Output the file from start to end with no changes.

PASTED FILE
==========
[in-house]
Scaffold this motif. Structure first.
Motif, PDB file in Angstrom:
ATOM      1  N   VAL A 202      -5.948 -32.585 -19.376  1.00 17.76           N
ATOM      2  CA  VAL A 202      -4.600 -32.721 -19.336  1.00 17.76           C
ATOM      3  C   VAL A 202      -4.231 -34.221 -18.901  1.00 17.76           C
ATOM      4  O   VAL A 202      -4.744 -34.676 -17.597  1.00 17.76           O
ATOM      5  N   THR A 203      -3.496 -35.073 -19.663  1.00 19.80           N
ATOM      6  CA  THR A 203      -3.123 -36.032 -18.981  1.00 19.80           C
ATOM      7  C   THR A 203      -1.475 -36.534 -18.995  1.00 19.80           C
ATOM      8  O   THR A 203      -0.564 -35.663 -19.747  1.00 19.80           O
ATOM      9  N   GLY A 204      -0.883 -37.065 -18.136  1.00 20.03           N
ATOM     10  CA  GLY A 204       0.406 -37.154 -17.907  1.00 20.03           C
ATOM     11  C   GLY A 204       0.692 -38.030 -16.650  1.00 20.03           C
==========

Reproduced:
[in-house]
Scaffold this motif. Structure first.
Motif, PDB file in Angstrom:
ATOM      1  N   VAL A 202      -5.948 -32.585 -19.376  1.00 17.76           N
ATOM      2  CA  VAL A 202      -4.600 -32.721 -19.336  1.00 17.76           C
ATOM      3  C   VAL A 202      -4.231 -34.221 -18.901  1.00 17.76           C
ATOM      4  O   VAL A 202      -4.744 -34.676 -17.597  1.00 17.76           O
ATOM      5  N   THR A 203      -3.496 -35.073 -19.663  1.00 19.80           N
ATOM      6  CA  THR A 203      -3.123 -36.032 -18.981  1.00 19.80           C
ATOM      7  C   THR A 203      -1.475 -36.534 -18.995  1.00 19.80           C
ATOM      8  O   THR A 203      -0.564 -35.663 -19.747  1.00 19.80           O
ATOM      9  N   GLY A 204      -0.883 -37.065 -18.136  1.00 20.03           N
ATOM     10  CA  GLY A 204       0.406 -37.154 -17.907  1.00 20.03           C
ATOM     11  C   GLY A 204       0.692 -38.030 -16.650  1.00 20.03           C